On Monday I joined Fairtrade campaigners to celebrate the impact of the Edinburgh Fair Trade Festival.
Organised by the Edinburgh Fairtrade City Group, the event recorded the achievements of the City’s schools, businesses and community groups which have done most to promote Fairtrade.
The event marked the beginning of week two of this year’s Fairtrade Fortnight – now in its twentieth year, organised by the Fairtrade Foundation and featuring a range of events across the whole of the UK.
Edinburgh has a long-standing commitment to fair trade and last year celebrated 10 years since being designated an official Fairtrade City. In that time, awareness of Fairtrade products has rocketed with sales valued at £1.67bn in 2014.
With increasing price competition in the grocery sector, the Fairtrade Foundation is promoting a range of initiatives to boost the use of fair trade products in the supply chain. For example, ahead of the launch of Fairtrade Fortnight, Mars announced a deal which will see all cocoa for Mars bars sold in the UK and Ireland sourced from Fairtrade certified sources.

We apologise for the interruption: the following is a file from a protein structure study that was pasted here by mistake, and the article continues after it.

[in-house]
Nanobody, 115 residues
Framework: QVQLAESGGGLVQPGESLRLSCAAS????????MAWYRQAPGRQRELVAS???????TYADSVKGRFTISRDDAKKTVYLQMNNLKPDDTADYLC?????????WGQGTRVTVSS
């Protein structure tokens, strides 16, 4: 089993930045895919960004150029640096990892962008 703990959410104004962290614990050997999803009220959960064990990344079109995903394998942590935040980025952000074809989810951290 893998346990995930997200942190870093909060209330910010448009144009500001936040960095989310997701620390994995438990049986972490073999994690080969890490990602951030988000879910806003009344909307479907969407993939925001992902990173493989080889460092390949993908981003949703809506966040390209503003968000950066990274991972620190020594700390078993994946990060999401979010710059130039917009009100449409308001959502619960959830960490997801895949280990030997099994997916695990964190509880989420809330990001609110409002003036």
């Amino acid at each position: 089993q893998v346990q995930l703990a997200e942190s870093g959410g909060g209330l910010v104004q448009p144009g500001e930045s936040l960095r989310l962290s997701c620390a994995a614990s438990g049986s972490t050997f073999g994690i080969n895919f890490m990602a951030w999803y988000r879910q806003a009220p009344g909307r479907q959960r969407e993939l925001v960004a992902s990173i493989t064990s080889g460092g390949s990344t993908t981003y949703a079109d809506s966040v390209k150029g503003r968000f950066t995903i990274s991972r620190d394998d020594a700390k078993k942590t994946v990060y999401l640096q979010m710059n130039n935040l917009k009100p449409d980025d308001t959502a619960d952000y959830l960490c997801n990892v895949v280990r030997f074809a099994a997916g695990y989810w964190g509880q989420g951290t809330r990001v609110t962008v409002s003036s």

Fairtrade is about getting a better deal for farmers in some of the world’s poorest countries – securing better prices, decent working conditions and fair terms of trade.
I have witnessed first-hand, on visits to places like Bangladesh and Malawi, the benefits that Fairtrade has brought to producers, workers and communities in the developing world – allowing for improved living conditions and investment in services like healthcare and education. Over the years, I’ve also met a number of Fairtrade producers who have visited the UK to talk about their experience.
This year’s Edinburgh celebrations was attended by producers from Mauritius, Palestine and Malawi.
I’ve also laid a motion to welcome the fact that Edinburgh University has now been a Fairtrade University for a decade.
The impact that the choices we make in our shopping habits can have on the lives of these producers is incredible and I hope that during Fairtrade Fortnight and beyond people will consider giving Fairtrade alternatives a go.